(NEW YORK) — It may end up being a bad flu season for kids, but early signs suggest the vaccine is working OK.
The vaccine has been more than 50% effective in preventing flu illness severe enough to send a child to the doctor’s office, the U.S. Centers for Disease Control and Prevention said Thursday. Health experts consider that pretty good.
The vaccines are made each year to protect against three or four different kinds of flu virus. The ingredients are based on predictions of what strains will make people sick the following winter. It doesn’t always work out.
This flu season has featured two waves, each dominated by a different virus. Both of those flu bugs are considered dangerous to children, but tend not to be as dangerous to the elderly.
Health officials grew worried when it became clear that the vaccine didn’t match the Type B flu strain that ended up causing most early season illnesses. But the CDC estimates that the vaccine has been about 50% effective against that strain in children.
And the vaccine has been about 55% effective among kids against the Type A strain that has caused a second wave of flu illnesses.
Vaccines against many infectious diseases aren’t considered successful unless they are at least 90% effective. But flu is particularly challenging, partly because the virus can so quickly change. Overall, flu vaccine averages around 40%.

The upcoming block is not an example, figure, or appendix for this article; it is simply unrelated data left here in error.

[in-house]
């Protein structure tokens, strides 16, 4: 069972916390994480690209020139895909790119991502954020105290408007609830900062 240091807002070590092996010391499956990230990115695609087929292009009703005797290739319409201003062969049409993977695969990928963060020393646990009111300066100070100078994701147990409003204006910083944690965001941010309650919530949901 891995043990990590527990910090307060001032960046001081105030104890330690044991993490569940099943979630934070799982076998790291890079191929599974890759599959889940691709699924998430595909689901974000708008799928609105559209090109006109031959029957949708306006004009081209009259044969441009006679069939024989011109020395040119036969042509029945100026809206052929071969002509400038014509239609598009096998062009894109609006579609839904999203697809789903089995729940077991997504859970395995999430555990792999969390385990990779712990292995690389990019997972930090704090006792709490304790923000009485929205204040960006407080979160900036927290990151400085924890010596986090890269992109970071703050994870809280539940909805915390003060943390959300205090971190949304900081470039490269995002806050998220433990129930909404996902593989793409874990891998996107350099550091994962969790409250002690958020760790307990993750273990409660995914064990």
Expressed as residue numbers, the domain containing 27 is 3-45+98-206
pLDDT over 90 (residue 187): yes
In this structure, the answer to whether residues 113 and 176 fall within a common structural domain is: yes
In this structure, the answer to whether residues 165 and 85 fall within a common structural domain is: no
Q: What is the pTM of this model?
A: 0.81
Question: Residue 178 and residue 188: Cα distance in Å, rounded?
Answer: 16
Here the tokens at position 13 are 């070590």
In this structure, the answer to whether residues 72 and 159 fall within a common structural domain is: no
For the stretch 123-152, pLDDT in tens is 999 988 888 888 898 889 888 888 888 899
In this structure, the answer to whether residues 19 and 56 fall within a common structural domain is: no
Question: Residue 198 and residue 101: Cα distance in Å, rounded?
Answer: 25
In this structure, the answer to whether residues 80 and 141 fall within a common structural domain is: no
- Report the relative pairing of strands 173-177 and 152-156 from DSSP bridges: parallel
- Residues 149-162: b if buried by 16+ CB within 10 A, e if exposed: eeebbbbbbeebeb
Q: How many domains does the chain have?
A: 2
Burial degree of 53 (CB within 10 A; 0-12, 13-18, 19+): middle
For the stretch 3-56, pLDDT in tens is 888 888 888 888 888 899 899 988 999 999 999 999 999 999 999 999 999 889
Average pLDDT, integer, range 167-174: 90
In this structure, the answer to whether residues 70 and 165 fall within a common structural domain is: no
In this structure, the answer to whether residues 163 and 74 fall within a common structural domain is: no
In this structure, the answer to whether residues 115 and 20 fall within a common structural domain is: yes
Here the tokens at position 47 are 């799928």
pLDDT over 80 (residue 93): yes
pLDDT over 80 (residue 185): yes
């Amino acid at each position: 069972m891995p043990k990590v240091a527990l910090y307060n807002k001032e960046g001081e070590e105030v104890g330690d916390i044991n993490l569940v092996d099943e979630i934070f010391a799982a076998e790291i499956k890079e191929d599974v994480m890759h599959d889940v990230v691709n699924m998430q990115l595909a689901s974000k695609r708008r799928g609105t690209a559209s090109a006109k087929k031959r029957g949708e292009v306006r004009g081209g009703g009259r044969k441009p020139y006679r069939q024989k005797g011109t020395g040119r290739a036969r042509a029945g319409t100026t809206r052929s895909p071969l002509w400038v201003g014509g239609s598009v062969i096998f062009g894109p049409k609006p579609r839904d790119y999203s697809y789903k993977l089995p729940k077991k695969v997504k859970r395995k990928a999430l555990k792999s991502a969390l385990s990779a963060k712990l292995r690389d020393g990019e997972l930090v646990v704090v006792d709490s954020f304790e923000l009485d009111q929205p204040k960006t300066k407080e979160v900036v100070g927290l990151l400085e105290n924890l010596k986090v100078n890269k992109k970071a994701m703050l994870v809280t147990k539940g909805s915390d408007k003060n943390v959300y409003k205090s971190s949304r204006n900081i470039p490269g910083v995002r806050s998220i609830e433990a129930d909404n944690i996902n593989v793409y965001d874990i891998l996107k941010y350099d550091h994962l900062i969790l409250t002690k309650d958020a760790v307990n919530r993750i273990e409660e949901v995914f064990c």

This season, the vaccine has been 45% effective against both types of flu across all ages.
That can change as the flu season progresses. Updated vaccine effectiveness numbers are expected later this year.
One troubling finding: This season’s vaccine has been virtually ineffective vs. the Type A virus in younger adults. The reason is a mystery, but may change as more data comes in, Flannery said.
U.S. health officials have counted 92 child flu deaths this year, up from the same time last year but fewer than were counted by this point in 2018. In all, the CDC estimates at least 14,000 Americans have died of the flu this season.
The Associated Press Health and Science Department receives support from the Howard Hughes Medical Institute’s Department of Science Education. The AP is solely responsible for all content.